2. J. Kobayashi, M. Tsuda, M. Ishibashi et al., “Amphidinolide F, a new cytotoxic macrolide from the marine dinoflagellate Amphidinium sp.,” Journal of Antibiotics, vol. 44, no. 11, pp. 1259–1261, 1991. View at: Google Scholar
  3. B. S. Davidson and C. M. Ireland, “Lissoclinolide, the first non-nitrogenous metabolite from a Lissoclinum tunicate,” Journal of Natural Products, vol. 53, no. 4, pp. 1036–1038, 1990. View at: Google Scholar
  4. T. N. Makarieva, V. A. Stonik, A. S. Dmitrenok et al., “Varacin and three new marine antimicrobial polysulfides from the far-Eastern ascidian Polycitor sp,” Journal of Natural Products, vol. 58, no. 2, pp. 254–258, 1995. View at: Google Scholar
  5. P. W. Ford and B. S. Davidson, “Plakinidine D, a new pyrroloacridine alkaloid from the ascidian Didemnum rubeum,” Journal of Natural Products, vol. 60, no. 10, pp. 1051–1053, 1997. View at: Publisher Site | Google Scholar
  6. C. Ireland and P. J. Scheuer, “Ulicyclamine and ulithiacyclamide, two new small peptides from a marine tunicate,” Journal of the American Chemical Society, vol. 102, no. 17, pp. 5688–5691, 1980. View at: Google Scholar
  7. H. G. Chun, B. Davies, and D. Hoth, “Didemnin B: the first marine compound entering clinical trials as an antineoplastic agent,” Investigational New Drugs, vol. 4, no. 3, pp. 279–284, 1986. View at: Google Scholar
  8. M. A. Baker, D. R. Grubb, and A. Lawen, “Didemnin B induces apoptosis in proliferating but not resting peripheral blood mononuclear cells,” Apoptosis, vol. 7, no. 5, pp. 407–412, 2002. View at: Publisher Site | Google Scholar
  9. M. D. Vera and M. M. Joullie, “Natural products as probes of cell biology: 20 Years of didemnin research,” Medicinal Research Reviews, vol. 22, no. 2, pp. 102–145, 2002. View at: Publisher Site | Google Scholar
  10. S. Jin, B. Gorfajn, G. Faircloth, and K. W. Scotto, “Ecteinascidin 743, a transcription-targeted chemotherapeutic that inhibits MDR1 activation,” Proceedings of the National Academy of Sciences of the United States of America, vol. 97, no. 12, pp. 6775–6779, 2000. View at: Publisher Site | Google Scholar
  11. C. van Kesteren, E. Cvitkovic, A. Taamma et al., “Pharmacokinetics and pharmacodynamics of the novel marine-derived anticancer agent ecteinascidin 743 in a phase I dose-finding study,” Clinical Cancer Research, vol. 6, no. 12, pp. 4725–4732, 2000. View at: Google Scholar
  12. E. G. C. Brain, “Safety and efficacy of ET-743: the French experience,” Anti-Cancer Drugs, vol. 13, supplement 1, pp. S11–S14, 2002. View at: Google Scholar
  13. J. C. M. Waterval, J. C. Bloks, R. W. Sparidans et al., “Degradation kinetics of aplidine, a new marine antitumoural cyclic peptide, in aqueous solution,” Journal of Chromatography B: Biomedical Sciences and Applications, vol. 754, no. 1, pp. 161–168, 2001. View at: Publisher Site | Google Scholar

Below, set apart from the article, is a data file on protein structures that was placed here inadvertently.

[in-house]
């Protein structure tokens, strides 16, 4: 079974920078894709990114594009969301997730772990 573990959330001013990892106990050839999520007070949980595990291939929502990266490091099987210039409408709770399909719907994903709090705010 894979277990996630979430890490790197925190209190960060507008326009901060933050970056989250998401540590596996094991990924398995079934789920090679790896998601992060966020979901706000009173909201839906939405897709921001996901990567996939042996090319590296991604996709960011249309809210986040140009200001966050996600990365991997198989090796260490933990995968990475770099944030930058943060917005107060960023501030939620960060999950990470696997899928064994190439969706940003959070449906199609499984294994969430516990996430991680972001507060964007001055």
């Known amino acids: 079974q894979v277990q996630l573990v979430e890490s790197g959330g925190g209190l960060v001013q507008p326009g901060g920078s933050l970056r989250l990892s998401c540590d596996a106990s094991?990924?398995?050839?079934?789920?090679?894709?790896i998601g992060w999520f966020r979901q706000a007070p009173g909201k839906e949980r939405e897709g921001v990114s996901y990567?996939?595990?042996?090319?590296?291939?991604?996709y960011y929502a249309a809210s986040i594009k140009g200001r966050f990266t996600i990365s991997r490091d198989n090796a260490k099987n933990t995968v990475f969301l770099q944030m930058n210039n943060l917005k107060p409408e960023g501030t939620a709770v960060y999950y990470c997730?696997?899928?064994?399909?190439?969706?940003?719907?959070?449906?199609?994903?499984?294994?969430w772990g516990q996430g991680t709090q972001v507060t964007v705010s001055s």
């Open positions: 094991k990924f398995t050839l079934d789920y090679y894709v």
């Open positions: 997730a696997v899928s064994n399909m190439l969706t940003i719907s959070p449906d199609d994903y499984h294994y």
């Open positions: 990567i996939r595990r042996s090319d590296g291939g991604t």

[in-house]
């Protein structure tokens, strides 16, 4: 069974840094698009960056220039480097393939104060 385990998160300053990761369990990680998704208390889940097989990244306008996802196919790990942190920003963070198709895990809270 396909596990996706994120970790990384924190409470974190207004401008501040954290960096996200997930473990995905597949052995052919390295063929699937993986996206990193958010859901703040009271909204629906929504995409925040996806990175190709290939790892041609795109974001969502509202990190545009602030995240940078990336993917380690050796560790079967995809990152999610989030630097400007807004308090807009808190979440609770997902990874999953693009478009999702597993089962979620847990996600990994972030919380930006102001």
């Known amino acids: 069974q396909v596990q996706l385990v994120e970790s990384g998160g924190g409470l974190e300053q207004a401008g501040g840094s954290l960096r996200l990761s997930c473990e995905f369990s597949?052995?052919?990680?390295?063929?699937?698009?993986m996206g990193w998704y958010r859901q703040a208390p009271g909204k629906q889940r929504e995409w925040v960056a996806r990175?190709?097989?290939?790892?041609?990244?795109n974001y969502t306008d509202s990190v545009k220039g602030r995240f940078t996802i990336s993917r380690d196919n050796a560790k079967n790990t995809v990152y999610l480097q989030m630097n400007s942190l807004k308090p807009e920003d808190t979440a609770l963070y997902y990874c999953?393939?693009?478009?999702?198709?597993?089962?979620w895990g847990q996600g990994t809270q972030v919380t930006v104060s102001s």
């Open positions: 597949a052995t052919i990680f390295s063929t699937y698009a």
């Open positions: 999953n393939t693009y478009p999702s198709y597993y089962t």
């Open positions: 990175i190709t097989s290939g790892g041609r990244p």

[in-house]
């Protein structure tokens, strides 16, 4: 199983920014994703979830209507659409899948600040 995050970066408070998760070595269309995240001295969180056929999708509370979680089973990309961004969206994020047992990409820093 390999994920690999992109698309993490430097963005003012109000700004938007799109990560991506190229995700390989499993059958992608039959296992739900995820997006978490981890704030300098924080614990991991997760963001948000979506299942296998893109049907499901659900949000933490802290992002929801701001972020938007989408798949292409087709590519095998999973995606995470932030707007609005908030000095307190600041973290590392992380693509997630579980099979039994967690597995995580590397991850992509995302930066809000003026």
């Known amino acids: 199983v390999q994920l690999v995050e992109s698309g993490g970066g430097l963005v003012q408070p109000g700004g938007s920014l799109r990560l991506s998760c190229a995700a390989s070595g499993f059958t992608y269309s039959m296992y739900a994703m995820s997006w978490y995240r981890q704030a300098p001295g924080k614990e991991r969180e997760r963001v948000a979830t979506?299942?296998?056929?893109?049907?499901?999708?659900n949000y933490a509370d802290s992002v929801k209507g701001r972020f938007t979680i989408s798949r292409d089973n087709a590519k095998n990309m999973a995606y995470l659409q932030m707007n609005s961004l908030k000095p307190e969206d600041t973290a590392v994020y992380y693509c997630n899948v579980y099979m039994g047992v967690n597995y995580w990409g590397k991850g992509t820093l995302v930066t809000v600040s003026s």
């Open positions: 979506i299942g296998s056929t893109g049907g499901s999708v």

14. C. K. Cai, Research of anti-HBV activity and pharmacodynamic action and toxicity of SC [Ph.D. thesis], Beijing University of Chinese Medicine, Beijing, China, 2006.
  15. W. Binsan, S. Benjakul, W. Visessanguan, S. Roytrakul, M. Tanaka, and H. Kishimura, “Antioxidative activity of Mungoong, an extract paste, from the cephalothorax of white shrimp (Litopenaeus vannamei),” Food Chemistry, vol. 106, no. 1, pp. 185–193, 2008. View at: Publisher Site | Google Scholar
  16. G. K. Jayaprakasha, R. P. Singh, and K. K. Sakariah, “Antioxidant activity of grape seed (Vitis vinifera) extracts on peroxidation models in vitro,” Food Chemistry, vol. 73, no. 3, pp. 285–290, 2001. View at: Publisher Site | Google Scholar
  17. G. C. Yen and P. D. Duh, “Antioxidative properties of methanolic extracts from peanut hulls,” Journal of the American Oil Chemists' Society, vol. 70, no. 4, pp. 383–386, 1993. View at: Publisher Site | Google Scholar
  18. R. N. Albrecht, Immunologie Tolerance and Macrophage Function, Aeademie, New York, NY, USA, 1 edition, 1979.
  19. M. Tsuda and G. J. Schroepfer Jr., “Carbon-13 nuclear magnetic resonance studies of C27 sterol precursors of cholesterol,” Journal of Organic Chemistry, vol. 44, no. 8, pp. 1290–1293, 1979. View at: Google Scholar
  20. S. Wahidulla, L. D'Souza, and M. Govenker, “Lipid constituents of the red alga Acantophora spicifera,” Phytochemistry, vol. 48, no. 7, pp. 1203–1206, 1998. View at: Publisher Site | Google Scholar
  21. G. C. Su, S. Zhang, and S. H. Qi, “Chemical constituents of Amtipathes dichotoma,” Chinese Traditional and Herbal Drugs, vol. 39, no. 11, pp. 1606–1609, 2008. View at: Google Scholar
  22. J. Yang, S.-H. Qi, S. Zhang, and Q.-X. Li, “Chemical constituents from the south China sea gorgonian coral Subergorgia reticulata,” Journal of Chinese medicinal materials, vol. 29, no. 6, pp. 555–558, 2006. View at: Google Scholar
  23. G. S. Wang, Q. Liu, and L. M. Zeng, “The chemical constituents of soft Cladiella densa from South China Sea,” Acta Scientiarum Naturalium Universitatis Sunyatseni, vol. 34, no. 1, pp. 110–112, 1995. View at: Google Scholar
  24. D. Q. Yu and J. S. Yang, Handbook of Analytical Chmuistry, vol. 7 of 123, Chemical Industry Press, Beijing, China, 2nd edition, 1999.
  25. Y. Z. Cai, M. S. M. Sun, J. X. J. Xing, Q. Luo, and H. Corke, “Structure-radical scavenging activity relationships of phenolic compounds from traditional Chinese medicinal plants,” Life Sciences, vol. 78, no. 25, pp. 2872–2888, 2006. View at: Publisher Site | Google Scholar

Copyright © 2014 Bao Ju et al. This is an open access article distributed under the Creative Commons Attribution License, which permits unrestricted use, distribution, and reproduction in any medium, provided the original work is properly cited.

1519 Views | 821 Downloads | 3 Citations
 PDF  Download Citation  Citation
 Download other formatsMore
 Order printed copiesOrder
 Sign up for content alertsSign up